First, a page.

Eiteljorg’s new exhibit features man’s best friend

By Zoie Richey
TheStatehouseFile.com

INDIANAPOLIS — Eiteljorg Museum’s new exhibit has something to offer for dog lovers and people of all ages.

“Dogs: Faithful and True” features different paintings, photographs, and other various artworks and artifacts that explore the role of dogs and their connection with humans.

The exhibit opened March 4, and is already being enjoyed by museum visitors from around the state. Beth Bowers and her daughter, Mia, traveled from Columbus, Indiana to see the exhibit. They enjoyed making connections between the exhibit and the things they’ve learned in their own lives.

This interactive part of the exhibit allows museum visitors to “pack” an a dog for an Iditarod. It teaches visitors what items are necessary for an Iditarod race. Photo by Zoie Richey, TheStatehouseFile.com

“My students in middle school had just finished reading a story about the Iditarod, so I’m enjoying seeing the section on the Iditarod and learning a little bit more about those dogs,” Beth Bower said.

The exhibit features an interactive activity that teaches visitors how to pack a dog for an Iditarod race, which covers a rugged 1,000-mile course from Anchorage to Nome in Alaska. The dogs, Alaskan malamute and the Siberian husky, pull a musher and a fully-packed sled for the journey on snow-covered trails.

Jennifer Complo McNutt, the museum’s curator of contemporary art, was inspired to create this exhibit by her love of dogs and art. Complo McNutt is also a dog trainer.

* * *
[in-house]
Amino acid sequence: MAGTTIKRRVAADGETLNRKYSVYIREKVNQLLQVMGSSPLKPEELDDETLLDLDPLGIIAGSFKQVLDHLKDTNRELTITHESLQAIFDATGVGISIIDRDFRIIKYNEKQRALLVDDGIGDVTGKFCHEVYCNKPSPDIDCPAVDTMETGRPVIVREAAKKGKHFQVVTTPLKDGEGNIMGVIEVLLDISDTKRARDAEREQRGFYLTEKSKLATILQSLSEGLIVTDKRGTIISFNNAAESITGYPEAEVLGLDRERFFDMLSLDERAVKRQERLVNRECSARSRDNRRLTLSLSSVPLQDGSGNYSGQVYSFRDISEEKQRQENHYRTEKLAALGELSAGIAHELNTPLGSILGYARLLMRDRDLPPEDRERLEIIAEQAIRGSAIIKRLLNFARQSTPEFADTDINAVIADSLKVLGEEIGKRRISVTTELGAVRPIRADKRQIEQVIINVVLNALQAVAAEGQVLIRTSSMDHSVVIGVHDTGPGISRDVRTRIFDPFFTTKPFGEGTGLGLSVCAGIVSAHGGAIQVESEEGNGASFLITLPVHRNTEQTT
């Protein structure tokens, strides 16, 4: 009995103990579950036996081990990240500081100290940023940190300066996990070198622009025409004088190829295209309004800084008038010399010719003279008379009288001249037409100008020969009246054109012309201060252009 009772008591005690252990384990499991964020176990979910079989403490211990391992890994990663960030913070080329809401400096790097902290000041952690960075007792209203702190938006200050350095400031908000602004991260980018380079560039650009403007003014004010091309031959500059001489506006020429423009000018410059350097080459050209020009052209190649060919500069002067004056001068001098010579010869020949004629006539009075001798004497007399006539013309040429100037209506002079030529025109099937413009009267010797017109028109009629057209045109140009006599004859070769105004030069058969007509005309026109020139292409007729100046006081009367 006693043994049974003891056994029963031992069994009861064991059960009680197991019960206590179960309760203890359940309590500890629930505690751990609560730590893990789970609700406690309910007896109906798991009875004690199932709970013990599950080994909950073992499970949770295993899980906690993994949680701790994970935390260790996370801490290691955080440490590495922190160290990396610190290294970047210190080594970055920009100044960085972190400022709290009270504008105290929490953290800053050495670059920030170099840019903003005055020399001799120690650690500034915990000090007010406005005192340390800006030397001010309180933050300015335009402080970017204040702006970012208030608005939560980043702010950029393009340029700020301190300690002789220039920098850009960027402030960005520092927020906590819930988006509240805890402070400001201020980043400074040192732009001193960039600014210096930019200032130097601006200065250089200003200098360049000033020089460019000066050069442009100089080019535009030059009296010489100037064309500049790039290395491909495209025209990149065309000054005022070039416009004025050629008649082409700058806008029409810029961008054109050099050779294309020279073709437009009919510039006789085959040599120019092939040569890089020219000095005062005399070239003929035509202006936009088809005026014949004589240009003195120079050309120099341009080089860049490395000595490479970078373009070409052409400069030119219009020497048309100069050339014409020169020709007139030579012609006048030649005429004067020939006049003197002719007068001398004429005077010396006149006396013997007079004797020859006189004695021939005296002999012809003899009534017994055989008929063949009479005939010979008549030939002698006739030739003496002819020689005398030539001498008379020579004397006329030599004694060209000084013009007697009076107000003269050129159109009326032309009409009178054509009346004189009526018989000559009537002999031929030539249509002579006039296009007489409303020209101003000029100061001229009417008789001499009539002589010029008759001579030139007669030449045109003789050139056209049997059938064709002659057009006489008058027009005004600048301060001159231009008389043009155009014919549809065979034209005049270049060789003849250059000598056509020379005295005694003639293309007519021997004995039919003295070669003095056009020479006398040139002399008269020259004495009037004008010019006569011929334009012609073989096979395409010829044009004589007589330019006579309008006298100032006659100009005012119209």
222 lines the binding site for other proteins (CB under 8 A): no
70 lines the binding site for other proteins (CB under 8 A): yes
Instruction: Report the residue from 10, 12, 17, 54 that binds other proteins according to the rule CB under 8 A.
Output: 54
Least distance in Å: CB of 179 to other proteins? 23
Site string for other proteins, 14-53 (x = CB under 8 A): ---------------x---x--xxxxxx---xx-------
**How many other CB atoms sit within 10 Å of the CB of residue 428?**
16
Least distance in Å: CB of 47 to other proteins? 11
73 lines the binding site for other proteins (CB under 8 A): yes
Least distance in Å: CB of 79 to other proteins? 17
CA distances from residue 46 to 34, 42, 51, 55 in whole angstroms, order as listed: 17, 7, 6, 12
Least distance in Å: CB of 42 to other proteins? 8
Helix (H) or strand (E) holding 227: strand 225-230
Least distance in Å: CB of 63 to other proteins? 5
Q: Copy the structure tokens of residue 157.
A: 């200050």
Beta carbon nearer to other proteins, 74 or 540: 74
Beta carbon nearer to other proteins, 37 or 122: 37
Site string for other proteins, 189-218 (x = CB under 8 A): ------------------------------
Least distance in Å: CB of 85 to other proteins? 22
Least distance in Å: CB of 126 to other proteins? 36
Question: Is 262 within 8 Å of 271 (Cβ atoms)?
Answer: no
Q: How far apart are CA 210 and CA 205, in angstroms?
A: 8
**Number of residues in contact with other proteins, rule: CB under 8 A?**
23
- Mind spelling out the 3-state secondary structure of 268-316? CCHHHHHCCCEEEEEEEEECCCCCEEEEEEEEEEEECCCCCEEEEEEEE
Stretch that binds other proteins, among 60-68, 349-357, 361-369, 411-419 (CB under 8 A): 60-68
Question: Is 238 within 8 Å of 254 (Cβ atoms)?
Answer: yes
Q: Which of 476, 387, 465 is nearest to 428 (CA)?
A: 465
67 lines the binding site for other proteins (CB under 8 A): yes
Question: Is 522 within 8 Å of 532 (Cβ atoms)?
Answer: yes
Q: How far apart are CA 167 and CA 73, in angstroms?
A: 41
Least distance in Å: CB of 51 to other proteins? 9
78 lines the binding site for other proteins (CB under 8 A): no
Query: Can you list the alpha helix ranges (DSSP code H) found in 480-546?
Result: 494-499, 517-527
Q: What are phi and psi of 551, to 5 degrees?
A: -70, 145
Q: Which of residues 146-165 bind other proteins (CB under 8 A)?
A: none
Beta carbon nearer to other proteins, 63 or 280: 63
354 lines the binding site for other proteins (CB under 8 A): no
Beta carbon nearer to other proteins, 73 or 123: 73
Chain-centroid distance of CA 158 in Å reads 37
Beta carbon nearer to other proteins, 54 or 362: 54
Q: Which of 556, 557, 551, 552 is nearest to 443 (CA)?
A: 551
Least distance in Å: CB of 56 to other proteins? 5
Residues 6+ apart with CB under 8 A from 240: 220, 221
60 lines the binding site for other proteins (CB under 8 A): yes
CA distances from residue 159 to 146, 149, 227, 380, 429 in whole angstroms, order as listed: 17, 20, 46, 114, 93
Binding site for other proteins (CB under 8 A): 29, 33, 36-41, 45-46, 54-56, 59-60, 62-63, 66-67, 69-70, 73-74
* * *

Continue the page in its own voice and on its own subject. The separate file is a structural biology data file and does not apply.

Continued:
“Pets mean a lot to me. For one thing, they are my hobby, so I spend a lot of time with them,” Complo McNutt said. “They also are a kind of break from the everyday world, especially if I am teaching somebody how to handle their dog.”

Beth Bowers and her daughter Mia participate in the drawing station within the exhibit. The station allows visitors to express their creativity. Photo by Zoie Richey, TheStatehouseFile.com

Complo McNutt said the exhibit uses a topic that everyone knows about to introduce them to other parts of the museum that explore western, Native American and contemporary art.

The exhibit also features other interactive displays and special programming that allow museum visitors to get hands on knowledge and experience. Visitors can use their artistic abilities to create their own dog based art with a drawing station within the exhibit.

Special programming will be held on certain days of each month that corresponds with the exhibit. Some of the programs include a pet photography workshop and a presentation by Iditarod musher Karen Land.

The exhibit will run through Aug. 6. A full list of special programs and ticket prices can be viewed on the museum’s website.

 

Zoie Richey is a reporter for TheStatehouseFile.com, a news website powered by Franklin College journalism students.

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